Farm Life during the Great Depression 1930s Farm Life The Great Depression changed the lives of people who lived and farmed on the Great Plains and in turn, changed America. The government programs that helped them to live through the 1930s changed the future of agriculture forever. Weather touched every part of life in the "Dirty 30s": dust, insects, summer heat and winter cold. York County farm families didn't have heat, light or indoor bathrooms like people who lived in town. People who grew up during the Depression said, "No one had any money. When the dryness, heat, and grasshoppers destroyed the crops, farmers were left with no money to buy groceries or make farm payments. About the same time, a new government program started to hook up farmhouses to electricity, making farm life easier and safer.

Susan B. Anthony House :: Her Story Learn > Her Story: Biography Susan B. Anthony was born February 15, 1820 in Adams, Massachusetts. She was brought up in a Quaker family with long activist traditions. After teaching for fifteen years, she became active in temperance. Ignoring opposition and abuse, Anthony traveled, lectured, and canvassed across the nation for the vote. Anthony, who never married, was aggressive and compassionate by nature. Abolitionist | Educational Reformer | Labor Activist | Temperance Worker Suffragist | Woman's Rights Campaigner |Timeline After they moved to Rochester in 1845, members of the Anthony family were active in the anti-slavery movement. In 1856 Anthony became an agent for the American Anti-Slavery Society, arranging meetings, making speeches, putting up posters, and distributing leaflets. In 1863 Anthony and Stanton organized a Women's National Loyal League to support and petition for the Thirteenth Amendment outlawing slavery. ^ back to top In 1846, at age 26, Susan B. Susan B. Susan B.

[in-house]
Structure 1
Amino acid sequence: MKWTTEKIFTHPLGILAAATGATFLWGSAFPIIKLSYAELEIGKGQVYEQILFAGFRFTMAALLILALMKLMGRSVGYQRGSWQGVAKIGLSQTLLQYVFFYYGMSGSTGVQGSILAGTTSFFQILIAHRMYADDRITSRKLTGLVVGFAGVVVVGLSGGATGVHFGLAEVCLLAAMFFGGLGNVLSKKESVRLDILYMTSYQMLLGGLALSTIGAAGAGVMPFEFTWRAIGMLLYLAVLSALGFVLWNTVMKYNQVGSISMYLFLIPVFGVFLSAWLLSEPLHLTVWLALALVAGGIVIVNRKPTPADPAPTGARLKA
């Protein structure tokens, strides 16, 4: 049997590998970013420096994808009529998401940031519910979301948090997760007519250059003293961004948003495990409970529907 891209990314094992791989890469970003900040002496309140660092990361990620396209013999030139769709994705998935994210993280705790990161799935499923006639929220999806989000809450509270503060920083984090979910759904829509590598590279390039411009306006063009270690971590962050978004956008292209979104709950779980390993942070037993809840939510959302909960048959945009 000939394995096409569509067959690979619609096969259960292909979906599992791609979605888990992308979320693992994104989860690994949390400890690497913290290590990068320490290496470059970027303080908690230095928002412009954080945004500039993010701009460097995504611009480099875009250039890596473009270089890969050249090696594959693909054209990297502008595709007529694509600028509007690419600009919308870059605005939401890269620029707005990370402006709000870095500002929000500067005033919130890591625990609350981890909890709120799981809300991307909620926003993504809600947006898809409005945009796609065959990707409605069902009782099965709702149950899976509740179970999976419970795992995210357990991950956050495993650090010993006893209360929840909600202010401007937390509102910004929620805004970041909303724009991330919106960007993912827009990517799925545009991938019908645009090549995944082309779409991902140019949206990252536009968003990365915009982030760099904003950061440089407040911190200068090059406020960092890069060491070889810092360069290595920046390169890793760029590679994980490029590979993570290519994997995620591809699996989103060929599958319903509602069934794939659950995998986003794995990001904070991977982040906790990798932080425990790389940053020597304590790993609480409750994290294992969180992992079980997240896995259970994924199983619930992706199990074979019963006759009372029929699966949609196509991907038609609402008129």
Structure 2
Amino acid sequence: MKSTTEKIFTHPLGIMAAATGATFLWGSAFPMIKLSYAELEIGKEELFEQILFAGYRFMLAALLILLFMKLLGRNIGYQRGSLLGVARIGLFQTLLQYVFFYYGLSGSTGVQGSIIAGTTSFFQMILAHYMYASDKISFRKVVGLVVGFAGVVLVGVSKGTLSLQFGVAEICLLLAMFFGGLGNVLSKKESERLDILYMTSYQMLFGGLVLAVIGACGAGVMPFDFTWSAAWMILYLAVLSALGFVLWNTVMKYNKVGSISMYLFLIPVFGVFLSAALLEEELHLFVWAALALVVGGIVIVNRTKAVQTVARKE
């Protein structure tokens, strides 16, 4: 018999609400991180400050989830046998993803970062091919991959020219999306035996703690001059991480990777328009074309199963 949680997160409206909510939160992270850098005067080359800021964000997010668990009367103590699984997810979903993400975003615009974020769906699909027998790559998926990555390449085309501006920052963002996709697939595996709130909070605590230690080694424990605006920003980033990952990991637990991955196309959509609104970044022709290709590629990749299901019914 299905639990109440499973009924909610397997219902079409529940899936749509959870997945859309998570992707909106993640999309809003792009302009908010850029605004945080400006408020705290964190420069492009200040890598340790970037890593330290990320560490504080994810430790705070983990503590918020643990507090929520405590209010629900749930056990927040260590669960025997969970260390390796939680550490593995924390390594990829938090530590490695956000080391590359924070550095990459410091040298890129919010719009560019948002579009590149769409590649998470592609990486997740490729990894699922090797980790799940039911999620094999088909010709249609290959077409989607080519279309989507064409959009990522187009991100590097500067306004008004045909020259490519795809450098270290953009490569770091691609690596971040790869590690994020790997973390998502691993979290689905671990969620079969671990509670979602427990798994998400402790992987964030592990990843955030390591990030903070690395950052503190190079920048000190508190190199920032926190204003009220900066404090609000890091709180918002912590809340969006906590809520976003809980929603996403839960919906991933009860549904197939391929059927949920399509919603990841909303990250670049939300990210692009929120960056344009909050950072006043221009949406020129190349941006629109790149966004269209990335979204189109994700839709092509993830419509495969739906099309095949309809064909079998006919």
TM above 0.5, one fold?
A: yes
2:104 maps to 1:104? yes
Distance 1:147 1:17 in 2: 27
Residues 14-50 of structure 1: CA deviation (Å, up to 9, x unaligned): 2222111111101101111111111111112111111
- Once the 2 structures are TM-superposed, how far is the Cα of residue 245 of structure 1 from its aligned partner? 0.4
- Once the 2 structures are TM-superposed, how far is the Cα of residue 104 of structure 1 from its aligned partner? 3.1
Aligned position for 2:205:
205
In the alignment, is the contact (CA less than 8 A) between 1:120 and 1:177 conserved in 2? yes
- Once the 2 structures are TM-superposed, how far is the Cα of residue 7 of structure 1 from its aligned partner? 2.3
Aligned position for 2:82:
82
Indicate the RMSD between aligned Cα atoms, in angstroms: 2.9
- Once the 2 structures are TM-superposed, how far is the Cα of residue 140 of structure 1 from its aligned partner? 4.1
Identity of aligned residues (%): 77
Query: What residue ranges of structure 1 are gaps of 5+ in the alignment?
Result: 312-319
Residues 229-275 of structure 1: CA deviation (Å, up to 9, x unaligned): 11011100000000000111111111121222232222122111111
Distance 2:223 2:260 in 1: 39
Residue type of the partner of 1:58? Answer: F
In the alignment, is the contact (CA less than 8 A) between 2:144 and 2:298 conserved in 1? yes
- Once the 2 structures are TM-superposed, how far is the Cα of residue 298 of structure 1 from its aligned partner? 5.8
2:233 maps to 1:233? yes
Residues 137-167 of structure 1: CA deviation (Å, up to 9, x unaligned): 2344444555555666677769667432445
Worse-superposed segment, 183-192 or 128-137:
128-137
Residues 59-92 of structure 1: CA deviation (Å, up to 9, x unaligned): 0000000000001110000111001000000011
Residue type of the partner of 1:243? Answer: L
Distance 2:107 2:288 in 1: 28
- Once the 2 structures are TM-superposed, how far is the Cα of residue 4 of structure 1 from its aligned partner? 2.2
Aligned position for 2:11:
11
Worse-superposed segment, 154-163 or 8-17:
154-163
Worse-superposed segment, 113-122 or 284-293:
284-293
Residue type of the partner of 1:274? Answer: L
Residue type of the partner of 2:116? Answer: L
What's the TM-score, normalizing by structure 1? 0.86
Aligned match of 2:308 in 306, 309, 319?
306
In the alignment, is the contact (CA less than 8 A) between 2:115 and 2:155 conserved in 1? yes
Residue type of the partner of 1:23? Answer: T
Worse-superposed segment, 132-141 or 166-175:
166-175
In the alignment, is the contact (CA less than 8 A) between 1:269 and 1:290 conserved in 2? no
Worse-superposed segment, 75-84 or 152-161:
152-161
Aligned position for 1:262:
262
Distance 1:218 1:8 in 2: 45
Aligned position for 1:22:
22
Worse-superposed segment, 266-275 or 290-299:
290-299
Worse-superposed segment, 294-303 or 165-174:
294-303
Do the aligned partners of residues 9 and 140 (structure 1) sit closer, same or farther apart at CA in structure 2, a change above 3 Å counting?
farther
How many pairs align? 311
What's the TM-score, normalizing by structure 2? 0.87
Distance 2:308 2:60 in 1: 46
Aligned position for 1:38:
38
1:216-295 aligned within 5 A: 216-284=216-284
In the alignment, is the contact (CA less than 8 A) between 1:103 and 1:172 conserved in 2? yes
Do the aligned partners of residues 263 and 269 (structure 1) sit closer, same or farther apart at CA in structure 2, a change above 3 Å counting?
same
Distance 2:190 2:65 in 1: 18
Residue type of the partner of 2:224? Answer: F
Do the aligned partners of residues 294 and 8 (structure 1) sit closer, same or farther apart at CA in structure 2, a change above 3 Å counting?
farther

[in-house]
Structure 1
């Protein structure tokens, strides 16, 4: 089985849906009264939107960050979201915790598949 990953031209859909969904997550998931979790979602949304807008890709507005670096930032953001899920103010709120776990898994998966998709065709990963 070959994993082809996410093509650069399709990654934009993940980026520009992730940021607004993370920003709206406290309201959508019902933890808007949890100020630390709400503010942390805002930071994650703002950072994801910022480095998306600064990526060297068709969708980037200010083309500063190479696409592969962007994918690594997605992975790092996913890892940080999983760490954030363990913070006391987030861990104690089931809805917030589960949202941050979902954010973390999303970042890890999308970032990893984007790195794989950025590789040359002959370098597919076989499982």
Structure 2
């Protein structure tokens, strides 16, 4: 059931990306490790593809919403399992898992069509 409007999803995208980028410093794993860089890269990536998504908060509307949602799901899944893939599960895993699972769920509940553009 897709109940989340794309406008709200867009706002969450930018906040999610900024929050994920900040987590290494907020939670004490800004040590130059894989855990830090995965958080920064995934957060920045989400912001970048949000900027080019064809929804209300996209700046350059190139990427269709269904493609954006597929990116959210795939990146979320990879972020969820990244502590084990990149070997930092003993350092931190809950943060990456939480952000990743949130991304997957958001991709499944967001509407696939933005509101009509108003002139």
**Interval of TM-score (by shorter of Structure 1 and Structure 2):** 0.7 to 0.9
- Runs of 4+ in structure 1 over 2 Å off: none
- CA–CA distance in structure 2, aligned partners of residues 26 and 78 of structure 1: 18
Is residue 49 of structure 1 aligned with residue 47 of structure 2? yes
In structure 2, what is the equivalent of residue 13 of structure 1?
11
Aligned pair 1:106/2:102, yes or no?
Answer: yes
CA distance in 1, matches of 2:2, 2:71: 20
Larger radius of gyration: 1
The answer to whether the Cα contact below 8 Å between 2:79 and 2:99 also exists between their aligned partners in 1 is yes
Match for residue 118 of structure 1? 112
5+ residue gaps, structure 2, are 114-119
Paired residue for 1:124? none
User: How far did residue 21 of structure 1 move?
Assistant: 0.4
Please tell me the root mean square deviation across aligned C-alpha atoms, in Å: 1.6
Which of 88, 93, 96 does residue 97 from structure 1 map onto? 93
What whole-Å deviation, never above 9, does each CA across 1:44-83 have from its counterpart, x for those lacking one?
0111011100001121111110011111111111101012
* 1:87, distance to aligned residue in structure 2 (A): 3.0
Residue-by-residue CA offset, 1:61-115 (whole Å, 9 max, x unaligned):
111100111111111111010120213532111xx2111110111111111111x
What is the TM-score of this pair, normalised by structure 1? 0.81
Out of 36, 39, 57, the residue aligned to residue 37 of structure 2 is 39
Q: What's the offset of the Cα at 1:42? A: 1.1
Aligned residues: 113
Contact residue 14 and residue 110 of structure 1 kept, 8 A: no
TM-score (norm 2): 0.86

Hard Time: From Alabama’s Past, Capitalism and Racism In a Cruel Partnership | Slavery By Another Name July 16, 2001 — Till 1928, Companies ‘Leased’ Convicts, Most of Them Black and Many Doomed — Sent to the Mines for ‘Gaming’ — The Wall Street Journal By Douglas A. Blackmon BIRMINGHAM, Ala. — On March 30, 1908, Green Cottenham was arrested by the Shelby County, Ala., sheriff and charged with vagrancy. After three days in the county jail, the 22-year-old African-American was sentenced to an unspecified term of hard labor. Born two decades after the end of slavery in America, Green Cottenham died a slave in all but name. In the early decades of the 20th century, tens of thousands of convicts — most of them, like Mr. ‘Assault With a Stick’ Most of the convicts were charged with minor offenses or violations of "Black Code" statutes passed to reassert white control in the aftermath of the Civil War. Subjected to squalid living conditions, poor medical treatment, scant food and frequent floggings, thousands died. Traditions of Segregation U.S. When Mr. Charge: ‘Not Given’ This is the world U.S.